Monday, 5 January 2015

Badby and Badby Woods

Chris was off to Byfield today to meet up with her friend Lynda, so I arranged for her to drop me at Badby.

I made my way through the village and then, approaching via a steep hill, on to the Church of St Mary the Virgin. It is a fine, Grade II listed building dating from the 13th century with interestingly contrasting masonry. There were once quarries in the area but clearly the stone comes from more than one source.

An east-facing window in Badby Church,
Northants.  5 January, 2015

All the masonry consists of Jurassic sandstone but some has almost a terracotta hue - and very attractive it is too.

I would have lingered in the churchyard but it was a grey, chilly morning and I paused only to look at some curious gravestones. Should this lumpy piece of masonry be called a table gravestone or a pillow gravestone? (Gravestones are sometimes pillow-shaped, apparently signifying eternal sleep.) I could make out no trace of an inscription.

Opposite the church was a sign indicating the Knightley Way and heading south towards Badby Woods. I didn't hesitate.

A mist hung over the woods and it was very
wet under foot. The muddy footpath swooped downwards so conditions were treacherous but I avoided mishap.

On this steep footpath there had clearly been much erosion with tree roots becoming exposed as soil was washed away. But this sycamore seemed to be well anchored.

Holly, Ilex aquifolium*, was common beside the track. Many of the leaves bore a thin yellow-green encrustation. I had hoped to find that it was one of the curious foliicolous lichens, but a microscope proved that I was out of luck for it was merely a mildew, Erysiphe polygoni.

Once in the woodland I found a good deal of holly, perhaps originally having arrived on bird droppings from gardens in the village. Female plants carried berries and, on the leaves, the pale yellow mines of the fly, Phytomyza ilicis. I have never found a holly bush without these mines.

Hypogymnia tubulosa at Badby Woods,
Northamptonshire. 5 January, 2015

Growing on a dead branch was a lichen which I vaguely recognised. 

Once home I photographed it and was able to identify it as Hypogymnia tubulosa - common but new to me. Isn't it pretty!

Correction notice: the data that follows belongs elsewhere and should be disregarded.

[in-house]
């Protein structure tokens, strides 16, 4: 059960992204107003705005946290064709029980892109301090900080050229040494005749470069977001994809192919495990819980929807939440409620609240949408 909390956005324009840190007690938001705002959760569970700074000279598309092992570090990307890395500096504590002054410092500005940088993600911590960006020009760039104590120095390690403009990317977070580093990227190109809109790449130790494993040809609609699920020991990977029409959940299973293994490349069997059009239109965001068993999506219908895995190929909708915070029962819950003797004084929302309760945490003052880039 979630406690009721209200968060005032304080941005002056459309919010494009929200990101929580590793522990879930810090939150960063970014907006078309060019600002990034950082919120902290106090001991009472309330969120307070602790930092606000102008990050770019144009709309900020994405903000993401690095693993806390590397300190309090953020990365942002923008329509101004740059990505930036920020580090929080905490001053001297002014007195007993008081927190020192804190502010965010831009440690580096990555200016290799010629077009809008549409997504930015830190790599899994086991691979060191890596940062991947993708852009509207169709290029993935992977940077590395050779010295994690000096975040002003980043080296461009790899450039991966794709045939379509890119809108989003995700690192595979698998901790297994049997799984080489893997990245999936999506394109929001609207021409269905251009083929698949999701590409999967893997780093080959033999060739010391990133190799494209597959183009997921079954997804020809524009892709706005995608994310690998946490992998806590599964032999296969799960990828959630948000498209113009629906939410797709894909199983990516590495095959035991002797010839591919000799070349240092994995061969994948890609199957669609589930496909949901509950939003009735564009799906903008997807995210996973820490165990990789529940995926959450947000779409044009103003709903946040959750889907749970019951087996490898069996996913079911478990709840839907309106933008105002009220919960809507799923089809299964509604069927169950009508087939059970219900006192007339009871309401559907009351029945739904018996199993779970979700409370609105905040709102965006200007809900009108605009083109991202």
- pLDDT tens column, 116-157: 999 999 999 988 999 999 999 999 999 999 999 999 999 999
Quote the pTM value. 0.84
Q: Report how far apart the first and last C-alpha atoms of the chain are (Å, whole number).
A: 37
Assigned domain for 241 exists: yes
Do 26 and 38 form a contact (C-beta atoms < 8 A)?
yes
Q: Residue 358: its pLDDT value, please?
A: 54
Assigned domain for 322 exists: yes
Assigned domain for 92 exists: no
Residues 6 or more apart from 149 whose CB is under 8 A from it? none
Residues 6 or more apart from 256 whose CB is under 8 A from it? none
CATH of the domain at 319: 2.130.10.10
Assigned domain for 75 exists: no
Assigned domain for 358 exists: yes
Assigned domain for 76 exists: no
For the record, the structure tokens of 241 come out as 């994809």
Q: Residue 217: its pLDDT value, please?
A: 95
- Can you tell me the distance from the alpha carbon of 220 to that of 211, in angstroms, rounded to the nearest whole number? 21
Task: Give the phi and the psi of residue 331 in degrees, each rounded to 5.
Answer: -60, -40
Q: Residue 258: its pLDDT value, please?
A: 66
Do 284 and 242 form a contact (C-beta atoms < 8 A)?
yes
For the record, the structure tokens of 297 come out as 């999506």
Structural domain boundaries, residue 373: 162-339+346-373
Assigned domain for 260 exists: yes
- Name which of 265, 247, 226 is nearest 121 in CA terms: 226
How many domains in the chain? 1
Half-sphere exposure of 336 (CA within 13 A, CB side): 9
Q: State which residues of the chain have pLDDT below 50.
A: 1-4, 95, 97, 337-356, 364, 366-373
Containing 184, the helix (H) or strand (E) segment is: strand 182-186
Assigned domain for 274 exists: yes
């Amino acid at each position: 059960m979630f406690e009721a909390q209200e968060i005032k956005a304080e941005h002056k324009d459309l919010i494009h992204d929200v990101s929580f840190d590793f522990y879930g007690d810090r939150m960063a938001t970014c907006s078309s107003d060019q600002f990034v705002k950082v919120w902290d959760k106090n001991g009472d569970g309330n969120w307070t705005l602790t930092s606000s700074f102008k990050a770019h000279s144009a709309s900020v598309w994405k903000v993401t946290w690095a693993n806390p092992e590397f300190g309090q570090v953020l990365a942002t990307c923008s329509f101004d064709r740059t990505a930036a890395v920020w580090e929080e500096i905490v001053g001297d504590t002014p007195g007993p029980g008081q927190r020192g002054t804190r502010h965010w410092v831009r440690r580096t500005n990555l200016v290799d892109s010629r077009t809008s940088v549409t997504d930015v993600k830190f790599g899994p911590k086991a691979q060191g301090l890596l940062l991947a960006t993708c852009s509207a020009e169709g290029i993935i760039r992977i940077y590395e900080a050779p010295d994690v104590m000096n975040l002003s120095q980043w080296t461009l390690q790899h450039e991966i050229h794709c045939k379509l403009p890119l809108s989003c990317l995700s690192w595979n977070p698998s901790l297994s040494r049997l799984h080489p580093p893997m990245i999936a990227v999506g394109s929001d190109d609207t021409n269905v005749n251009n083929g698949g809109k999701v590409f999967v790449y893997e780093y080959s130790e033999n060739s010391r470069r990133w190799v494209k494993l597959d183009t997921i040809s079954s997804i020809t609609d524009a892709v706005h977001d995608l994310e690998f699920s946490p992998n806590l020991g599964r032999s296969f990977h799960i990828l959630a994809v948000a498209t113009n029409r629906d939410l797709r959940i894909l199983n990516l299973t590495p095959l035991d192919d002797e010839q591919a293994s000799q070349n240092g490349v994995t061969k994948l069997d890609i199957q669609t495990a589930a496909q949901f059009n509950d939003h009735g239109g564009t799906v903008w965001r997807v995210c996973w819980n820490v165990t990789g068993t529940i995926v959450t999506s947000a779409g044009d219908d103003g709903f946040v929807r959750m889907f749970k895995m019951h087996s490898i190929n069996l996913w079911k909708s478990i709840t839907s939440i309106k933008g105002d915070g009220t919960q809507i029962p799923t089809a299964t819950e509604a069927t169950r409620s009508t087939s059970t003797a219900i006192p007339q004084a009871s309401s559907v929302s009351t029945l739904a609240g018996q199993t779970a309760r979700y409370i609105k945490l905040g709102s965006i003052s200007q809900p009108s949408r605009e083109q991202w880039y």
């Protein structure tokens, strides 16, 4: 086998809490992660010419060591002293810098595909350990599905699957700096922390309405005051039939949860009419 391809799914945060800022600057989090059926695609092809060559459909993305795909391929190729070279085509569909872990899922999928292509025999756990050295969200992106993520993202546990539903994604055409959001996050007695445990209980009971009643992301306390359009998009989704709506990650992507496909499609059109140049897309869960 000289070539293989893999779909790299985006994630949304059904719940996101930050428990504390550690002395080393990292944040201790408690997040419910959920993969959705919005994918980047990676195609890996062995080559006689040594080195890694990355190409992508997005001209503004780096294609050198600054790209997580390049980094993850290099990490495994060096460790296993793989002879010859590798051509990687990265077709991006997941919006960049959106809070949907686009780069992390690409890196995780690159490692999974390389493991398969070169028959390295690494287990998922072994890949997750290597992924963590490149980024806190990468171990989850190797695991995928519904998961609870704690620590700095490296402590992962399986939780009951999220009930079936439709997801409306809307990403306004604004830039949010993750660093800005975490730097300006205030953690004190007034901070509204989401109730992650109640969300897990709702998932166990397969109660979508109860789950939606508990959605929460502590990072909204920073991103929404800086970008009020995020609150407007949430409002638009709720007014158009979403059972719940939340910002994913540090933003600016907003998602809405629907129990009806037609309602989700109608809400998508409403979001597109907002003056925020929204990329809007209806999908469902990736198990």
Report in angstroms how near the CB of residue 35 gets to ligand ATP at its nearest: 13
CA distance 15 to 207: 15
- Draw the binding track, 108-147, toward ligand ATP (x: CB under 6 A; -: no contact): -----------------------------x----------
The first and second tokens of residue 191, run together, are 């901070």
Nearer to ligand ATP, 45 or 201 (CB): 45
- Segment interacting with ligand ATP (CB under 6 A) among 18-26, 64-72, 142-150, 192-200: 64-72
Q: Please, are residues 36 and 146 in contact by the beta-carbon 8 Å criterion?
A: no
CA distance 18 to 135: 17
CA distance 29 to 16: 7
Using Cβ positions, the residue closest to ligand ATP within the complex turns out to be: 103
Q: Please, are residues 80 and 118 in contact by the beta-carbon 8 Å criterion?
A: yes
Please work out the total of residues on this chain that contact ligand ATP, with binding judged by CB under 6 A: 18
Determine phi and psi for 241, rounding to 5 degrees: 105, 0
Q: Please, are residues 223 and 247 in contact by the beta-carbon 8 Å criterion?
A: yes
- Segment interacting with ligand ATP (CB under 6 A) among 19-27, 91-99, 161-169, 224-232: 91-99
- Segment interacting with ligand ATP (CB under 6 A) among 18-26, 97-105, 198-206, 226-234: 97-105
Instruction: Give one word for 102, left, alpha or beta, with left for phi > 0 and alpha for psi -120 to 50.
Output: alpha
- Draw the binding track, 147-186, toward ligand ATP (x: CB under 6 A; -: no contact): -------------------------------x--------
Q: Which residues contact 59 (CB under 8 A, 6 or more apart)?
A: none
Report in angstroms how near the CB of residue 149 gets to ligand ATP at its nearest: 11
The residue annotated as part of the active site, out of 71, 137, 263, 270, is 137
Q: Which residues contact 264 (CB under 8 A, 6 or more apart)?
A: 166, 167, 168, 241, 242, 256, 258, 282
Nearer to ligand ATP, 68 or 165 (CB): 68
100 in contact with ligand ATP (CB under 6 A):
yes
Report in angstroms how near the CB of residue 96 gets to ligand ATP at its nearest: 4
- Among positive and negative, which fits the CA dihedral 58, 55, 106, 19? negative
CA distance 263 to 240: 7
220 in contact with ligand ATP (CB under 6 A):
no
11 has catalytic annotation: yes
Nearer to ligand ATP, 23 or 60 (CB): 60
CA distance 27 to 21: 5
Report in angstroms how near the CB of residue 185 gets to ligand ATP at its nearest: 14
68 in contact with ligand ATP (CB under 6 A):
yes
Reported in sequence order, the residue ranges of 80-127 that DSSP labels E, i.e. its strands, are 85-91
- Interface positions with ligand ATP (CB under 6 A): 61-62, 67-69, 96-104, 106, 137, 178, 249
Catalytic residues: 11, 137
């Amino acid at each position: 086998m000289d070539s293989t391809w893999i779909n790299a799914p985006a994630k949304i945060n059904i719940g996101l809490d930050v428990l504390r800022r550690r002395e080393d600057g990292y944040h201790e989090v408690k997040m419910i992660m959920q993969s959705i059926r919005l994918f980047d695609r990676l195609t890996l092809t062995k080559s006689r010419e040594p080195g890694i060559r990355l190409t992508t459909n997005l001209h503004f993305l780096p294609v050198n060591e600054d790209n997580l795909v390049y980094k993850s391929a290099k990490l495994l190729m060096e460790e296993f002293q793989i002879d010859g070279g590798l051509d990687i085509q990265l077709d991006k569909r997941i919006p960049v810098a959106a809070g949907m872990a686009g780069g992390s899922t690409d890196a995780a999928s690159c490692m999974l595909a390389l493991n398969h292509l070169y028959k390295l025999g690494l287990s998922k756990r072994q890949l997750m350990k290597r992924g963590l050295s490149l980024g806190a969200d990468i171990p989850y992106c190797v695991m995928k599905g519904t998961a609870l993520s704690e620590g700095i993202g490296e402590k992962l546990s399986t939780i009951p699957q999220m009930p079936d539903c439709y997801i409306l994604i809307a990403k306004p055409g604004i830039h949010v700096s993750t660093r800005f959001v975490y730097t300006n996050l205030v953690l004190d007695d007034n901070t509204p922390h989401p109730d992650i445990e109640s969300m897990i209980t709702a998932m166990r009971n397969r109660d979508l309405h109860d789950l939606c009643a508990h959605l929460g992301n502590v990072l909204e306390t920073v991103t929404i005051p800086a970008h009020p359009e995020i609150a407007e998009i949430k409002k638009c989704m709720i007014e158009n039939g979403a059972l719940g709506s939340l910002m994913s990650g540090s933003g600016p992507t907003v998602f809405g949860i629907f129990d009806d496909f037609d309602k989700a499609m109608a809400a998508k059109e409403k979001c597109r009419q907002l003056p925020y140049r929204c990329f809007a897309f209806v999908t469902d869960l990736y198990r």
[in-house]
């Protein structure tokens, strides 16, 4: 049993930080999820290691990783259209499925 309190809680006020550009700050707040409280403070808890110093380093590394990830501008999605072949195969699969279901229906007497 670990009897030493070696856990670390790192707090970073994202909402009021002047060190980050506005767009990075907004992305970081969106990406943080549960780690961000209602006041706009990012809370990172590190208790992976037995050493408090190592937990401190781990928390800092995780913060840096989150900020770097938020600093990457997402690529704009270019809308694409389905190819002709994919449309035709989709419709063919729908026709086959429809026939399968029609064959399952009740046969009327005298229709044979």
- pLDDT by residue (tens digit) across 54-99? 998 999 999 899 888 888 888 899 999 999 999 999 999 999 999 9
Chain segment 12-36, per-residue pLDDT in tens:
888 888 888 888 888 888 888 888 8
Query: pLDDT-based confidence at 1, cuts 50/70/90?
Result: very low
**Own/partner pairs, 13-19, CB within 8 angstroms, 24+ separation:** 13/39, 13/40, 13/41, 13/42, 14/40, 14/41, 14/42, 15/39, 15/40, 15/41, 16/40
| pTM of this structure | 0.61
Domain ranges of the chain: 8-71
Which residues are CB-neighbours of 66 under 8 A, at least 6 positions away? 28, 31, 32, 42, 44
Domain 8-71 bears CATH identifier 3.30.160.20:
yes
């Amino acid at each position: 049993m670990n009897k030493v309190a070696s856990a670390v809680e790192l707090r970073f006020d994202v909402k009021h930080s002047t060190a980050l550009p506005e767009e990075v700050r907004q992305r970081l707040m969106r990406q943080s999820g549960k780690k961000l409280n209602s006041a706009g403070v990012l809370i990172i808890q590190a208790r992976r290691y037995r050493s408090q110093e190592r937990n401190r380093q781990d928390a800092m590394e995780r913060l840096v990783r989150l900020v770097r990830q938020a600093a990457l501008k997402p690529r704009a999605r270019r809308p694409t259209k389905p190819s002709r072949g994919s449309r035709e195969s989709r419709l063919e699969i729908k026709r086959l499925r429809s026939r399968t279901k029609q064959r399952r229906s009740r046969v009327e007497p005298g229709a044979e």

Evernia prunastri . Badby Woods, Northamptonshire.
5 January, 2015
Stereum hirsutum on a dead branch. Badby Woods,
Northamptonshire.  5 January, 2015

Perhaps marginally more attractive is Evernia prunastri, a very common species which I found in several places, usually on tree branches but sometimes on the trunk.

Undoubtedly far more colourful and eye-catching is this fungus, Stereum hirsutum.
Extremely common it may be but I was happy to find it. It goes without saying that fungi such as this Hairy Stereum (to use its common name) play a vital role in the decomposition of dead wood and its eventual return to the soil as humus.

I did photograph other lichens but I am in a benevolent mood and will not try your patience by showing them. Jays screamed and woodpeckers were drumming away on suitable branches as I pressed on through the dank woodland.

Honeysuckle, Lonicera periclymenum, corkscrewed its way up convenient branches. It was already in leaf, just slightly ahead of elder, whose buds were swelling but were yet to unfold. In his poem, 'Broomsgrove' John Clare writes that:

   The woodbine may nauntle here...

nauntle being a dialect word apparently meaning 'to rise' or 'to rear'. Certainly it will rise to great heights in suitable conditions.

In contrast to the slender honeysuckle vines, great trunks of oak bore the huge swollen growths of Crown Gall, caused by Agrobacterium tumefasciens - tumescent indeed.

Garrya elliptica in a garden at Badby,
Northants. 5 January, 201

So, 'twas back to the village and its gardens, where my attention was caught by the long male catkins of Garrya elliptica. These silky catkins can sometimes reach a length of some 15 centimetres and, although I admit that the shrub is quite dull for much of the year, I am very fond of it. Catkins there may be, even pollen, but there will be no seed. Garrya bears the male and female flowers on separate plants and no one seems to bother planting a female. Indeed, I doubt whether female plants are available in this country.

Yellow Brain Fungus, Tremella mesenterica.
Hedgerow near Badby, Northants. 5 January, 2015
Badby sits in a valley beside a tributary of the River Nene. The area in general is hilly with Northamptonshire's highest point, Arbury Hill (225 metres), only a short distance outside the village. So for me, unfit after the Christmas festivities, it was quite a long drag up and out of the valley to those broad sunlit uplands (sorry, I got carried away) to Daventry. Yellow Brain Fungus, Tremella mesenterica, provided a splash of bright colour on dead branches in a hedgerow.

The scarlet berries of White Bryony, Bryonia dioica
in a hedgerow near Badby, Northants. 5 January, 2015
I paused yet again, this time to photograph the fruit of White Bryony, Bryonia dioica, ramping through the same hedgerow. Birds seem not yet hungry enough to take them. Although safe for birds they are, for humans, very poisonous. Even the juice on the skin can induce an unpleasant rash with blistering. These fruits, eaten in quantity, can be fatal. Strange to think that this climber is a member of the same family as cucumbers and melons.

By now the sun was warm on my back - and very welcome it was too. Welcome also was the coffee I was drinking fifteen minutes later having made it home in one rather weary piece.

* Although, on the face of it, the inclusion of the Latin name seems pointless, I get a great many 'hits' from other countries, particularly the USA. For people outside the Britain the name 'Holly' or 'Honeysuckle' may mean little.

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